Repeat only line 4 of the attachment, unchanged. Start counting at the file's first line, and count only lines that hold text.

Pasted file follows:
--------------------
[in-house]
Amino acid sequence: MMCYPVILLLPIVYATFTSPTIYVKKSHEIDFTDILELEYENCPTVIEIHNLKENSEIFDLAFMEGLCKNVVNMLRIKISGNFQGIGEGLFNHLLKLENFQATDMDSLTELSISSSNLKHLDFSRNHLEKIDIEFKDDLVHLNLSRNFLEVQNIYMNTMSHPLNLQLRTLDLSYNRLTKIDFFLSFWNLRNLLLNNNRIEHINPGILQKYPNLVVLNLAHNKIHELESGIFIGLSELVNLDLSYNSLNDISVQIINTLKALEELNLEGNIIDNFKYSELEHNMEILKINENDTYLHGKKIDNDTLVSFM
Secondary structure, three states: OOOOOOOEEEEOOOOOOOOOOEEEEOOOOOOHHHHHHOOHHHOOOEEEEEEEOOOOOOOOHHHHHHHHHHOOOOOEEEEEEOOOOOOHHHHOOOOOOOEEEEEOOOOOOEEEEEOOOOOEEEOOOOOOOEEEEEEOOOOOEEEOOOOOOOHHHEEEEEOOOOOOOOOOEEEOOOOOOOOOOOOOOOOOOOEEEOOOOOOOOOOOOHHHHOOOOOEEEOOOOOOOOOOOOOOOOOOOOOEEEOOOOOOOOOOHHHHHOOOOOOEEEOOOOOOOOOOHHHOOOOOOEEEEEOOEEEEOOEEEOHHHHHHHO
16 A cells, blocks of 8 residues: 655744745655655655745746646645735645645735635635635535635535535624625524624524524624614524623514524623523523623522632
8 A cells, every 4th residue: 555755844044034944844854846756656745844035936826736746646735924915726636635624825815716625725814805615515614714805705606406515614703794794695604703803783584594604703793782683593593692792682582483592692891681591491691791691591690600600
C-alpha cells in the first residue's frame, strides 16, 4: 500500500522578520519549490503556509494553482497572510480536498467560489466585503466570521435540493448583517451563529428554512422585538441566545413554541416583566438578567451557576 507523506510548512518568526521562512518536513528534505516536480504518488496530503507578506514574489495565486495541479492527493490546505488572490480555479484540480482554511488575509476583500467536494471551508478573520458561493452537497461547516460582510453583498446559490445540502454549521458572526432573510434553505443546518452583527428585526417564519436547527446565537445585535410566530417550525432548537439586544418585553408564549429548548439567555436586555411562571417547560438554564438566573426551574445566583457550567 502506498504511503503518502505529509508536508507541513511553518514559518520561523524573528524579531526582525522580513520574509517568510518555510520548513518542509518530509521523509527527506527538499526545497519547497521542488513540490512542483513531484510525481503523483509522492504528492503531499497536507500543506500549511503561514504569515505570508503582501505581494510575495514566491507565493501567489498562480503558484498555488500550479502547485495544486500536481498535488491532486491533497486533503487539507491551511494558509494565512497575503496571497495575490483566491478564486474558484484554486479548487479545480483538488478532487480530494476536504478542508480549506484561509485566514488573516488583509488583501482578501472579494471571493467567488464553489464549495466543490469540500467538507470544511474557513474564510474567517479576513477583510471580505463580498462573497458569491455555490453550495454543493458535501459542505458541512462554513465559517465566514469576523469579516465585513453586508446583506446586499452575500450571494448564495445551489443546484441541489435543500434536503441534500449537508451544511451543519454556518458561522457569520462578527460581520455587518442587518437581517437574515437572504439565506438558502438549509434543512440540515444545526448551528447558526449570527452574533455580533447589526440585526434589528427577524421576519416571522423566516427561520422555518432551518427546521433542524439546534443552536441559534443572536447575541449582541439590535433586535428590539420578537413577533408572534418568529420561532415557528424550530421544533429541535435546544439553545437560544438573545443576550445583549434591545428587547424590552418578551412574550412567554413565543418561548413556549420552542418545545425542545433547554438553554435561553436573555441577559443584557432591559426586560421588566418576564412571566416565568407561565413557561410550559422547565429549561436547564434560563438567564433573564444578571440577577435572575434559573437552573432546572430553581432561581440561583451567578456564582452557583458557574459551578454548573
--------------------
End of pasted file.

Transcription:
16 A cells, blocks of 8 residues: 655744745655655655745746646645735645645735635635635535635535535624625524624524524624614524623514524623523523623522632